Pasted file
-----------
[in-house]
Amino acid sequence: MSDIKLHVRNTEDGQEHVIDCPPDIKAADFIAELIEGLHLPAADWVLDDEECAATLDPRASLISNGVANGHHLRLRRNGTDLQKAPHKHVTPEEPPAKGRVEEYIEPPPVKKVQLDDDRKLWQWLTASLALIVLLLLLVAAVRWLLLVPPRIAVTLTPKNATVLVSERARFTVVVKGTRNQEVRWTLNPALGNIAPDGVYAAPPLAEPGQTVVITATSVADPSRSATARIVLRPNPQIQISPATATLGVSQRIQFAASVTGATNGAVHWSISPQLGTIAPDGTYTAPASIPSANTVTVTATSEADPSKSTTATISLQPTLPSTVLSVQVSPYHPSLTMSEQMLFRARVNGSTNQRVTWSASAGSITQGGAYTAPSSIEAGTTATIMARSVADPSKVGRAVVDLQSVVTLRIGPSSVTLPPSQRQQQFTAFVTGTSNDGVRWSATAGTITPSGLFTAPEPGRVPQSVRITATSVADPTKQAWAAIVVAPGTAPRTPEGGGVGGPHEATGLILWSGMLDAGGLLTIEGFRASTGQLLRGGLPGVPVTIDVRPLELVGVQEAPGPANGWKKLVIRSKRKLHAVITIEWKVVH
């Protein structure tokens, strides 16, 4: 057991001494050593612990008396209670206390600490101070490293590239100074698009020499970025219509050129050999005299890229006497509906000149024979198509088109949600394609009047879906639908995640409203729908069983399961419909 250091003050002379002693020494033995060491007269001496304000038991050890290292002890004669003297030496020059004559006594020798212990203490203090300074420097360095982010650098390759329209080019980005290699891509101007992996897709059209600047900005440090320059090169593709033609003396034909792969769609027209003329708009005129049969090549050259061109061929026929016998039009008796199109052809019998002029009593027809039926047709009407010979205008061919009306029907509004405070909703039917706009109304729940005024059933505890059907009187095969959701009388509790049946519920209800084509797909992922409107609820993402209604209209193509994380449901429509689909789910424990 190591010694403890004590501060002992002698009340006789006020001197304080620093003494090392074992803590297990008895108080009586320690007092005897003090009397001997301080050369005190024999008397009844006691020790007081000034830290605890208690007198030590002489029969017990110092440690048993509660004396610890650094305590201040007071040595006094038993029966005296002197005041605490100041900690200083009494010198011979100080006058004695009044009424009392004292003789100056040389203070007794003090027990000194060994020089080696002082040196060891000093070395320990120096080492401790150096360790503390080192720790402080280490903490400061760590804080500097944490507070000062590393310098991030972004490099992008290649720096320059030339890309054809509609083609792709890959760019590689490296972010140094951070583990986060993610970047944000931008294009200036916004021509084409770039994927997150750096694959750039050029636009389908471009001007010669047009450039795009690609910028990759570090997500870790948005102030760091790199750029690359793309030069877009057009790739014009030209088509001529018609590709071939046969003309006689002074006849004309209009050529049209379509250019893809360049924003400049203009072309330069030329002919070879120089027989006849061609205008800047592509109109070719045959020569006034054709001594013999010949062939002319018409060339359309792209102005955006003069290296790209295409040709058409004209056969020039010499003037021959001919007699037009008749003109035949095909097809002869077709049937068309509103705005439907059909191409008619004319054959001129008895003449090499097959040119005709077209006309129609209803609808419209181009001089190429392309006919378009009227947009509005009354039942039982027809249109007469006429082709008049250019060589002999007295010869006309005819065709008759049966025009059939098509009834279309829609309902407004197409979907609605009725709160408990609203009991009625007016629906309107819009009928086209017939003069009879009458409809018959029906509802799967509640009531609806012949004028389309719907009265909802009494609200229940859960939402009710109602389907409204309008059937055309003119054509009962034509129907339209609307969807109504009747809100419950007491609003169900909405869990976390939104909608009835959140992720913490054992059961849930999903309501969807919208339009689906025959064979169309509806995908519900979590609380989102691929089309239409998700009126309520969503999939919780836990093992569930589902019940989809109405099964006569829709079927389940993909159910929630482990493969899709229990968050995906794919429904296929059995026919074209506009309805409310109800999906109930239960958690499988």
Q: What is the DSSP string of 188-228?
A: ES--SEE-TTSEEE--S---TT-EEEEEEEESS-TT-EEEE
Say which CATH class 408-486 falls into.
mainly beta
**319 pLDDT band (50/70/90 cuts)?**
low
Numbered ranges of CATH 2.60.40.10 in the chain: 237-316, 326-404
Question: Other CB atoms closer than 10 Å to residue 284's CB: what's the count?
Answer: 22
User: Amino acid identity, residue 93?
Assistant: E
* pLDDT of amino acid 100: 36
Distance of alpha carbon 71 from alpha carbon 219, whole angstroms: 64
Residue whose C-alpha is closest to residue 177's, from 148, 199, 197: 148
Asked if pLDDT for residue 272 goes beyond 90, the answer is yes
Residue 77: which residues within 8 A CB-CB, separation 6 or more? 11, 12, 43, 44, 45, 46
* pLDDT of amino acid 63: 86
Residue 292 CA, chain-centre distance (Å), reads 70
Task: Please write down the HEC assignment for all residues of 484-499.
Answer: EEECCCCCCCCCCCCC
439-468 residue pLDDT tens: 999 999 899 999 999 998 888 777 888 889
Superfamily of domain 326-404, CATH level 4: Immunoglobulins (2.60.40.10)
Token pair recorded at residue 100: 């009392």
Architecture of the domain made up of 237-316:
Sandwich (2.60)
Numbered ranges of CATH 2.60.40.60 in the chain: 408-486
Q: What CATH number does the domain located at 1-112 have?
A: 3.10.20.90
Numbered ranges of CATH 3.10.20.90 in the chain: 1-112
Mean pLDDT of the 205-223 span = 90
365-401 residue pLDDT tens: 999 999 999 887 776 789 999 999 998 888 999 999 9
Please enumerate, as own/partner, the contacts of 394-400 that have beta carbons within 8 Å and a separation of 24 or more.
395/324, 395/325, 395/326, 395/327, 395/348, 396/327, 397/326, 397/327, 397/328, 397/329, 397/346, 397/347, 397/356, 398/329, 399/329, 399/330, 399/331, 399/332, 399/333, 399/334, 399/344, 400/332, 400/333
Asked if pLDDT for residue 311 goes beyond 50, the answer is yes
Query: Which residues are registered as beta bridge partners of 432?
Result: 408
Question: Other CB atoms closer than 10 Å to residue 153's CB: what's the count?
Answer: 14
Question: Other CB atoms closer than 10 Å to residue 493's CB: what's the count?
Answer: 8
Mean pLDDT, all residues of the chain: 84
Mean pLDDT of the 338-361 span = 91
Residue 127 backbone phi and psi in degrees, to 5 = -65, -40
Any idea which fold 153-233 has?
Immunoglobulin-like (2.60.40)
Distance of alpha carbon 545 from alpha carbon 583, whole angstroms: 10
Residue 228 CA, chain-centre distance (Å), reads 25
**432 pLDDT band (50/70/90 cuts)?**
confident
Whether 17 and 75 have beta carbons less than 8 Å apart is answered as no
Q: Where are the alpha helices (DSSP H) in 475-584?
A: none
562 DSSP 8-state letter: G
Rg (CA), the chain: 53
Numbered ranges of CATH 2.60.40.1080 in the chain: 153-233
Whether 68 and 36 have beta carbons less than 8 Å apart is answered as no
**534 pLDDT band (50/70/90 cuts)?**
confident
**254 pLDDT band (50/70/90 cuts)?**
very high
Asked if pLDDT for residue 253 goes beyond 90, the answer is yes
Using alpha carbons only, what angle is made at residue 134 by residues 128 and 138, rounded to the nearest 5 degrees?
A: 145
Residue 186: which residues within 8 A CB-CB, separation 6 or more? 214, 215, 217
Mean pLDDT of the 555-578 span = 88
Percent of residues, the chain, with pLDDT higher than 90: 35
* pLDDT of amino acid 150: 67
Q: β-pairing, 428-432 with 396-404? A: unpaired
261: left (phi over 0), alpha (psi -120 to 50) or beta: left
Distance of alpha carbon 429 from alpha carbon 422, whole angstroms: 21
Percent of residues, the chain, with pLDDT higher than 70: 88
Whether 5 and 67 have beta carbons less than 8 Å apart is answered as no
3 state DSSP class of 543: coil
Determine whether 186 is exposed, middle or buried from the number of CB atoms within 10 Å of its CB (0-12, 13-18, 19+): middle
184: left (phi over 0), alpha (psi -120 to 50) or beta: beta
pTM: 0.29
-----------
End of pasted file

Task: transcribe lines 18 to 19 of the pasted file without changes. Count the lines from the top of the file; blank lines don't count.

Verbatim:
Asked if pLDDT for residue 272 goes beyond 90, the answer is yes
Residue 77: which residues within 8 A CB-CB, separation 6 or more? 11, 12, 43, 44, 45, 46